. . . The Times's flawed journalism continued in the weeks after the war began, when writers might have broken free from the cloaked government sources who had insinuated themselves and their agendas into the prewar coverage. . .

. . . The failure was not individual, but institutional.

I only wish every journalist and blogger writing or tweeting on Iran right now would first have a read of Okrent's piece to avoid making the same mistakes again.

 

 

 

Mehdi Hasan is a contributing writer for the New Statesman and the co-author of Ed: The Milibands and the Making of a Labour Leader. He was the New Statesman's senior editor (politics) from 2009-12.

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George Osborne's mistakes are coming back to haunt him

George Osborne's next budget may be a zombie one, warns Chris Leslie.

Spending Reviews are supposed to set a strategic, stable course for at least a three year period. But just three months since the Chancellor claimed he no longer needed to cut as far or as fast this Parliament, his over-optimistic reliance on bullish forecasts looks misplaced.

There is a real risk that the Budget on March 16 will be a ‘zombie’ Budget, with the spectre of cuts everyone thought had been avoided rearing their ugly head again, unwelcome for both the public and for the Chancellor’s own ambitions.

In November George Osborne relied heavily on a surprise £27billion windfall from statistical reclassifications and forecasting optimism to bury expected police cuts and politically disastrous cuts to tax credits. We were assured these issues had been laid to rest.

But the Chancellor’s swagger may have been premature. Those higher income tax receipts he was banking on? It turns out wage growth may not be so buoyant, according to last week’s Bank of England Inflation Report. The Institute for Fiscal Studies suggest the outlook for earnings growth will be revised down taking £5billion from revenues.

Improved capital gains tax receipts? Falling equity markets and sluggish housing sales may depress CGT and stamp duties. And the oil price shock could hit revenues from North Sea production.

Back in November, the OBR revised up revenues by an astonishing £50billion+ over this Parliament. This now looks a little over-optimistic.

But never let it be said that George Osborne misses an opportunity to scramble out of political danger. He immediately cashed in those higher projected receipts, but in doing so he’s landed himself with very little wriggle room for the forthcoming Budget.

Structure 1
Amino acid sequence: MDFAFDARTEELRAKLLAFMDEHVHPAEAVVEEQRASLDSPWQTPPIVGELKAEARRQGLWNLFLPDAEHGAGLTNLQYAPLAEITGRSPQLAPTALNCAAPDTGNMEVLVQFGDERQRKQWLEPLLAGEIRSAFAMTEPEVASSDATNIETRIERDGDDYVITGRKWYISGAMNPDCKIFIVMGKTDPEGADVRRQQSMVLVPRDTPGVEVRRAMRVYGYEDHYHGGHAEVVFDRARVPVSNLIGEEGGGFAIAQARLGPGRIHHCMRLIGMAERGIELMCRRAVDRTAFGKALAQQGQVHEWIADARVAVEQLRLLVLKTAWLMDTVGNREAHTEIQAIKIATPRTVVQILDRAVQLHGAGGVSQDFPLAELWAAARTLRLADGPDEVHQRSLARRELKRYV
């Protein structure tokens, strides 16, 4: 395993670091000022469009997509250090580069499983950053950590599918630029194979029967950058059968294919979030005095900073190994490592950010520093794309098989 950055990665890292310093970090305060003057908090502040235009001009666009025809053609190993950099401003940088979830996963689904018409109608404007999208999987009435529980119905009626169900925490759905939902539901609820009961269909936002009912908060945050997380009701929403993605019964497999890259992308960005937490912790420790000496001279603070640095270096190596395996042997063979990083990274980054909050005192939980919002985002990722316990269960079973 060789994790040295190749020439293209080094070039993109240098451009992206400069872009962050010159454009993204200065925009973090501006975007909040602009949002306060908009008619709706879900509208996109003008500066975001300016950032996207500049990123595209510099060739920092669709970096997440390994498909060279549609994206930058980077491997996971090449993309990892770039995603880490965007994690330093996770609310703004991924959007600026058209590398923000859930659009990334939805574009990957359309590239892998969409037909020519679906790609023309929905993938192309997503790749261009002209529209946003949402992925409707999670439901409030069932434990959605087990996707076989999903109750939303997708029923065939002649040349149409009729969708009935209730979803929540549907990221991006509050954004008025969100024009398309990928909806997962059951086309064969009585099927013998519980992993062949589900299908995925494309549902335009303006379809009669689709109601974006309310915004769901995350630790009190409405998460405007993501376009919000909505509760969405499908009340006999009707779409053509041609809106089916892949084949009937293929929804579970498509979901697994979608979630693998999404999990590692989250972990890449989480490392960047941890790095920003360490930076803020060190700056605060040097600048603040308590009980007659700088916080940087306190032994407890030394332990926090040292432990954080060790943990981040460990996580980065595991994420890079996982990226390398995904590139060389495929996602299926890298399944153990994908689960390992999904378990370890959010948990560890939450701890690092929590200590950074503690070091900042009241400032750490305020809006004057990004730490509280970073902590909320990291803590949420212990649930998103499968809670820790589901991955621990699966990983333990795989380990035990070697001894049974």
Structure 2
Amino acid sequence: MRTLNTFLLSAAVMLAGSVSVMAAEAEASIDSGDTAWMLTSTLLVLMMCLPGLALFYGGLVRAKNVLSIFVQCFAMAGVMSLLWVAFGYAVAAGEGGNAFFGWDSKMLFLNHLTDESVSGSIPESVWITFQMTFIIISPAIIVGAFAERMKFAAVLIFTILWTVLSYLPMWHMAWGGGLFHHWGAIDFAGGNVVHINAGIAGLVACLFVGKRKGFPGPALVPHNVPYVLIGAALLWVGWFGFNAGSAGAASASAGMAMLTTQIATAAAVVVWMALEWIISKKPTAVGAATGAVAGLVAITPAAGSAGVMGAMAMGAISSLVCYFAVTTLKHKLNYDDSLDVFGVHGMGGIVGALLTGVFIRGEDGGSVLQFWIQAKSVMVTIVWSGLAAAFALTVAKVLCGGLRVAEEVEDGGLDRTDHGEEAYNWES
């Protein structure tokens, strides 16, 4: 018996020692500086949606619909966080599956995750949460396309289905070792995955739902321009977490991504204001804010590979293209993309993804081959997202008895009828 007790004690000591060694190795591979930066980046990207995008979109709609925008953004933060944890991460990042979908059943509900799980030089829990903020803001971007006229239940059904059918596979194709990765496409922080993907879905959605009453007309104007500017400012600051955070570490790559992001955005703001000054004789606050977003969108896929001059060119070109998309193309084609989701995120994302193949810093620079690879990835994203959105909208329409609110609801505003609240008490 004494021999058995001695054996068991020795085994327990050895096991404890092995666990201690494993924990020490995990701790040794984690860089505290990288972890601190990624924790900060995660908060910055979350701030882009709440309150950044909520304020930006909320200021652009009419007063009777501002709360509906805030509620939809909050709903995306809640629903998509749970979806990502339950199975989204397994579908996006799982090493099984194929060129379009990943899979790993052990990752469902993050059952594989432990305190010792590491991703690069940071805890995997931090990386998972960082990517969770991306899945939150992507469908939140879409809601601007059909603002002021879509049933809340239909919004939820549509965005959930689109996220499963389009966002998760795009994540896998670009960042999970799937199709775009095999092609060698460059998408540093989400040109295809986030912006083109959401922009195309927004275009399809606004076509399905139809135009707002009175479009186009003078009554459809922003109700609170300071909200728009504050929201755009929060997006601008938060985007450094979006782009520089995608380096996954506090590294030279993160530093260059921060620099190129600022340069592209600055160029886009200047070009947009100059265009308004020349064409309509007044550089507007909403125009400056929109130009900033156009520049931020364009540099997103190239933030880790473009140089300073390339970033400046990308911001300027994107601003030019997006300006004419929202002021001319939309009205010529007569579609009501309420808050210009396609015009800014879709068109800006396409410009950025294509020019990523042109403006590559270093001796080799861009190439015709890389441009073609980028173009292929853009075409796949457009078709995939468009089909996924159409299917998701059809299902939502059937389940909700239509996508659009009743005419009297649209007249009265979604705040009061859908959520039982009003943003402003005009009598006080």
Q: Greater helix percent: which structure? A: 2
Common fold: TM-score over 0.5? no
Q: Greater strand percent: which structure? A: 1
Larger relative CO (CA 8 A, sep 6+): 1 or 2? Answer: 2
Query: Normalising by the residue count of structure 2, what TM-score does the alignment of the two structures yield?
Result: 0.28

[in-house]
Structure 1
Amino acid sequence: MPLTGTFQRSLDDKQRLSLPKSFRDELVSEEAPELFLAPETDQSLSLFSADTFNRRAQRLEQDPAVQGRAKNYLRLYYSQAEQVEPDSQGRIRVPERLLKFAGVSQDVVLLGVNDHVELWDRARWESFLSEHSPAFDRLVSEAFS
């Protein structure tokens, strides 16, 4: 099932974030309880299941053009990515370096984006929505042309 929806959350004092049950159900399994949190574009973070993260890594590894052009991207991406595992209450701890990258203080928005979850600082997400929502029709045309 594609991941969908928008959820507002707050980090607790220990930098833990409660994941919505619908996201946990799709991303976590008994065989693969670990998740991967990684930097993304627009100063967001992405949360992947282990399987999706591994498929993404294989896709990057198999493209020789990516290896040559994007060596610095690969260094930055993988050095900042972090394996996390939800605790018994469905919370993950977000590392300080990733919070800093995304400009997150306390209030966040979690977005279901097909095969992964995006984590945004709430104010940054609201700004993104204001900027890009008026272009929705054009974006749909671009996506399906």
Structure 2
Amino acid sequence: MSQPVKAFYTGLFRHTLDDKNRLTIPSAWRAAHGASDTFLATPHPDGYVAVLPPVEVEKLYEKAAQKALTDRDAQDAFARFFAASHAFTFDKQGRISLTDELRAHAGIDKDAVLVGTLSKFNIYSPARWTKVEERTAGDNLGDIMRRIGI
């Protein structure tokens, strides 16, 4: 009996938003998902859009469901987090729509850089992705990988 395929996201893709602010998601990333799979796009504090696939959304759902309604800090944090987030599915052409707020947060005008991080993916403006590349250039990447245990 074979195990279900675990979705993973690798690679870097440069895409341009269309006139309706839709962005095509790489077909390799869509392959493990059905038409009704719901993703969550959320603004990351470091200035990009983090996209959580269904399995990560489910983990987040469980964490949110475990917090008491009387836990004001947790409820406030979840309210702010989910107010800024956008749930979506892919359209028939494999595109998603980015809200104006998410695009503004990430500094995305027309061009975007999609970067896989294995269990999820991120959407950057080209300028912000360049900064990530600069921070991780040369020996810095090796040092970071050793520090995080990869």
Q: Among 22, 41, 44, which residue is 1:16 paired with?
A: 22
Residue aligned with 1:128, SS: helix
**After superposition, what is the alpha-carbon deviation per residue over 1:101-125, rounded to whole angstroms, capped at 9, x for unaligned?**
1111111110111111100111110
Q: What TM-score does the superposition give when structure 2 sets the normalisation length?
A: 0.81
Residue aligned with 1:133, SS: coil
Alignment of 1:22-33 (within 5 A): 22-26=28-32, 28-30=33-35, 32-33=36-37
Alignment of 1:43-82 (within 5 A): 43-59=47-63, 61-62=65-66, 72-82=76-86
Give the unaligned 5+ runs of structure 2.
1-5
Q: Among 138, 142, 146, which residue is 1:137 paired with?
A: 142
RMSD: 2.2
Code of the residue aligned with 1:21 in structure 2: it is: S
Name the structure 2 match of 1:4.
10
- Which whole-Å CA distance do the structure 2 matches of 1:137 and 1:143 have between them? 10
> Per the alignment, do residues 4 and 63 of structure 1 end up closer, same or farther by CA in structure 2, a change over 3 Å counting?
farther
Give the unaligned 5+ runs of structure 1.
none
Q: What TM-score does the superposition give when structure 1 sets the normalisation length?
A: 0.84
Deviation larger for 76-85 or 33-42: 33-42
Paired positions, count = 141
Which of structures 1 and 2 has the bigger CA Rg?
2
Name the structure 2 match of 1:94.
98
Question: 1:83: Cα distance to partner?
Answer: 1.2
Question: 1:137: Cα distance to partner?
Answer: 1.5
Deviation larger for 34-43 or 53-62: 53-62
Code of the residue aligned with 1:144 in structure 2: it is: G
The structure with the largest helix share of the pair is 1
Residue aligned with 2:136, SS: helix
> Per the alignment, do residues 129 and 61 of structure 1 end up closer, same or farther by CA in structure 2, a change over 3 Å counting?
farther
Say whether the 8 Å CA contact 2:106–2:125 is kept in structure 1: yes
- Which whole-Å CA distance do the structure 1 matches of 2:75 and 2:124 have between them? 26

Borrowing is just not falling as fast as forecast. The £78billion deficit should have been cut by £20billion by now but it’s down by just £11billion. So what? Well this is a Chancellor who has given a cast iron guarantee to deliver a surplus by 2019-20. So he cannot afford to turn a blind eye.

All this points towards a Chancellor forced to revisit cuts he thought he wouldn’t need to make. A zombie Budget where unpopular reductions to public services are still very much alive, even though they were supposed to be history. More aggressive cuts, stealthy tax rises, pension changes designed to benefit the Treasury more than the public – all of these are on the cards. 

Is this the Chancellor’s misfortune or was he chancing his luck? As the IFS pointed out at the time, there was only really a 50/50 chance these revenue windfalls were built on solid ground. With growth and productivity still lagging, gloomier market expectations, exports sluggish and both construction and manufacturing barely contributing to additional expansion, it looks as though the Chancellor was just too optimistic, or perhaps too desperate for a short-term political solution. It wouldn’t be the first time that George Osborne has prioritised his own political interests.

There’s no short cut here. Productivity-enhancing public services and infrastructure could and should have been front and centre in that Spending Review. Rebalancing the economy should also have been a feature of new policy in that Autumn Statement, but instead the Chancellor banked on forecast revisions and growth too reliant on the service sector alone. Infrastructure decisions are delayed for short-term politicking. Uncertainty about our EU membership holds back business investment. And while we ought to have a consensus about eradicating the deficit, the excessive rigidity of the Chancellor’s fiscal charter bears down on much-needed capital investment.

So for those who thought that extreme cuts to services, a harsh approach to in-work benefits or punitive tax rises might be a thing of the past, beware the Chancellor whose hubris may force him to revive them after all. 

Chris Leslie is chair of Labour's backbench Treasury committee.